From the Palestinian angle, Ghassan Kanafani’s “Return to Haifa” captures key ideas. Said and Safiya are victims of the Nakba. The 1948 war not only forced them to abandon their home in Haifa, but also their eldest son, Khaldun, a baby of less than year. By 1967, they live in Ramallah. When they go back to Haifa to visit their house, it is to achieve some form of closure. 1948 does not make them nationalists.
Said is not a good nationalist. He does not play the heroic role of a PLO freedom fighter. He returns to Haifa not for national reasons but for personal ones. His occupation is not described, but given that he threatened to disown his son Khalid for even thinking of joining the fidayin, one can assume he is not engaged in any sort of resistance activities. He returns to Haifa to come to grips with the past, not to reverse it.
Once in Haifa, Said’s mixed-up meeting with Dov betrays further ambiguities. Dov is most likely their son. Yet Dov is currently a proud member of the Israeli army, raised Jewish by his adopted mother, a Holocaust survivor from Poland. Dov was born Palestinian Arab, yet he now identifies only with Israeli Jews. Said and Dov share nothing aside from blood.
Further Said and Safiya both show weakness. To Dov’s charge of cowardice for abandoning their infant son, twenty years before, Said pleads guilty. He does not make excuses about the past. He does not excoriate the present. Although he argues for resistance, he also implies that him and his generation, those who last lived in an undivided Palestine, do not truly know what it is. “What is homeland?” he asks repeatedly.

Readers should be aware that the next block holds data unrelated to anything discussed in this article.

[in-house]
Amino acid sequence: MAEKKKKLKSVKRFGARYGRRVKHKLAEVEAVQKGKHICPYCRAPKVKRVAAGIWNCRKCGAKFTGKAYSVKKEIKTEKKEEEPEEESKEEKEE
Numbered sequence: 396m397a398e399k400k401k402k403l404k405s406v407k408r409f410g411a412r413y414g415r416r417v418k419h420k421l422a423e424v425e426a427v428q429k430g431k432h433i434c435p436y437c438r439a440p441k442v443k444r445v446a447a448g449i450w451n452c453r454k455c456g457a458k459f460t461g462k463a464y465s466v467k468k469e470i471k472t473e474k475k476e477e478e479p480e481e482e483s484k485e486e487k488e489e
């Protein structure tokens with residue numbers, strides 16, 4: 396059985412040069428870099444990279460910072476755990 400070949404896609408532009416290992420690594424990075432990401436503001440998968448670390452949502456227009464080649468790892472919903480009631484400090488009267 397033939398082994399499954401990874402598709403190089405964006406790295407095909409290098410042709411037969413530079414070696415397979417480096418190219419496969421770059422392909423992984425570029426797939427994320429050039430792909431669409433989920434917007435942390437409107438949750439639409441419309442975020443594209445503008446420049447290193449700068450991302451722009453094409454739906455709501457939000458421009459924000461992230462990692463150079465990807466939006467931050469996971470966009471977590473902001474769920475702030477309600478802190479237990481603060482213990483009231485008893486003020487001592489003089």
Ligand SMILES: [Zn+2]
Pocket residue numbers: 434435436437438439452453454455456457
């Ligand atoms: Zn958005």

Truly, how can one be a committed nationalist if one concedes that one does not have a good idea of what ‘homeland’ consists of? In the conventional narrative, it is never the victim who makes mistakes. It is Said that asks, “What will you do if we stop making mistakes?” The sadness, the personal relationship to one’s home, the lack of articulated patriotism, the willingness to admit mistakes and agree that ‘homeland’ is a term of as yet undetermined meaning. All this does not make the case for nationalism.
Where then is 1948 to fit in the Palestinian national narrative? As the Nakba, it inaugurates exile. But as Kanafani clearly indicates, it does not inaugurate meaningful resistance. Indeed, his conclusion is that if there is to be any hope for Palestine, it lies with those who were born in exile, after 1948, and who fight not for lost homes, but for lost dignity and lost nationhood. In short, ideology must solidify before national redemption can occur.
What is key in both cases are the components of the original events that go missing. Take the case of the Holocaust survivors first. Contrary to the rosy pictures given in Otto Preminger’s “Exodus,” they do not integrate seemingly effortlessly into the new society. As Tom Segev indicates, the society’s elite melting pot, the kibbutz takes in proportionately fewer new arrivals than the rest of the country. Many of those are accepted only grudgingly. Those who were accepted often did not fit well. Others were not happy to have their language, culture, and identity remolded to serve the emerging Israeli state. The Holocaust survivor was anything but a national hero in those early days.